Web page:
Robin: It’s quite variable. For the advanced program, people are coming in as working professionals and because of the flexibility with our advanced programs, students can do the practicum whenever it’s feasible for them and/or the clinical site. For example, I just had a student finish the pacing courses in the fall, but there is a short wait period before she can start her practicum, so she is starting in April. In the 11 years that the pacing program has been up and running, we’ve had over 60 graduates of the program. In addition, many people have taken the didactic courses but not the entire program. The EP program is still fairly new, and a lot of people are enrolled in courses but have not applied to the program itself, but we’ve graduated close to 8 students and currently have 6 students in the program. We definitely want to grow our program, because we think we have a good product. We would love to see more people take advantage of our courses, especially for people in Eastern Canada or in the U.S. who would be interested in taking some or all of the program.

What kind of feedback do you receive from students?

Emily: I think students are always a bit surprised when learning EP — they first look at EP signals and it’s a whole different world for them. It’s really challenging at first. We have to remind them to be patient and keep practicing. By the end of the term, everyone is enjoying it much more. I started with BCIT last January, so it’s nice to see the progress of our students, who are eager to learn but start with little experience in the EP lab.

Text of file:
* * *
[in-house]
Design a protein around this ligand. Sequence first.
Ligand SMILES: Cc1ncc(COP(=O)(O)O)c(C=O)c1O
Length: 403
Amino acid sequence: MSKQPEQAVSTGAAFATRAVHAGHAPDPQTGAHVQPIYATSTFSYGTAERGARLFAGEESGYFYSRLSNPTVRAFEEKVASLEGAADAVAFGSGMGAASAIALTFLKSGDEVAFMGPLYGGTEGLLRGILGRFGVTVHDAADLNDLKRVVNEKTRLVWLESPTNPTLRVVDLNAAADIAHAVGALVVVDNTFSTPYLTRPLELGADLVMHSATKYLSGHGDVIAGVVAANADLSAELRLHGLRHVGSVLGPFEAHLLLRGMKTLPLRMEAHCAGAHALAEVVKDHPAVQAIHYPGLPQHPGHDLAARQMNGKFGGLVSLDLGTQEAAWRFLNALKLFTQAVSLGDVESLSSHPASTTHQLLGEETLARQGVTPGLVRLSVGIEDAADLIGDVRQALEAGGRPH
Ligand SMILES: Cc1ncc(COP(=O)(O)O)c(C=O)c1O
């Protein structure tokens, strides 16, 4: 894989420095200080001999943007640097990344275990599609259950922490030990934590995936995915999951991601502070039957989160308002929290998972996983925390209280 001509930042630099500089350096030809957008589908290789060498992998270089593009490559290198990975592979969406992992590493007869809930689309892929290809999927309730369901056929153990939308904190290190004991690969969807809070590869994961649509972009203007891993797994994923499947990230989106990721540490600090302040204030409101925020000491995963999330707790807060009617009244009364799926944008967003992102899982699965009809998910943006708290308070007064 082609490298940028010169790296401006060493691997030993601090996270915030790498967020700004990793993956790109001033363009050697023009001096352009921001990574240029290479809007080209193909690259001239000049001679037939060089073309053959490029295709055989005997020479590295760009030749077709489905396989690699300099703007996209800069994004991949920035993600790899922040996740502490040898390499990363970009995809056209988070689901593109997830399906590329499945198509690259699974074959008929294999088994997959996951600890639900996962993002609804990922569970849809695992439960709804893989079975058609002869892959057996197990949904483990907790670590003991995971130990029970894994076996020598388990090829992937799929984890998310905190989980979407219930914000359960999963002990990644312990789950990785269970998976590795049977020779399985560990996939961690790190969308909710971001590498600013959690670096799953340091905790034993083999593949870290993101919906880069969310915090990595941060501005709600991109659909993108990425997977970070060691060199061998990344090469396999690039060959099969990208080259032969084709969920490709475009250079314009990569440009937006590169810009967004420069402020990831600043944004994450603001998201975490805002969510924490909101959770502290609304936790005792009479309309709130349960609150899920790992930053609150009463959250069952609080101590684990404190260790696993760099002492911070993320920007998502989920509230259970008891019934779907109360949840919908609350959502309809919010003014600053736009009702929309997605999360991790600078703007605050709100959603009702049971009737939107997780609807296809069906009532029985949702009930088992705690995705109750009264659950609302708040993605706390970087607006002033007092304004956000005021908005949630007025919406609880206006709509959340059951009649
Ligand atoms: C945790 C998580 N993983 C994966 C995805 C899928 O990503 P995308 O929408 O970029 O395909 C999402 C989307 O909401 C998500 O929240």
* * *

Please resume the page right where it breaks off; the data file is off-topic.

What do students generally go on to do after receiving a diploma or certificate?

Robin: It depends on the individual’s circumstance, but I would say most grads go on to work in the area in which they studied. We are now having grads from one of the specialty areas come back and complete the course work in another specialty area. For example, some of the grads from the Cardiac Device program are now moving into the EP lab and are completing the EP Technology program.

What unique advantages does this program offer students? What is the demand for trained EP talent?

Robin: The demand for trained EP talent is very high, but I think there are a limited number of jobs in the field. I think there previously used to be more on-the-job training. Because EP is so complex, it has been really difficult for some sites to recruit people who are really qualified. Therefore, the idea for a standardized program such as the BCIT certificate is appealing, since it means there is less onus on the employer to do all of the training (or share training if they’re participating in the clinical practicum). I think another appeal of our program is that we’re agnostic, meaning that our students are not being trained on products by any one specific device manufacturer. Finally, as long as students meet the entry requirements, we can be flexible with each individual student in terms of program delivery.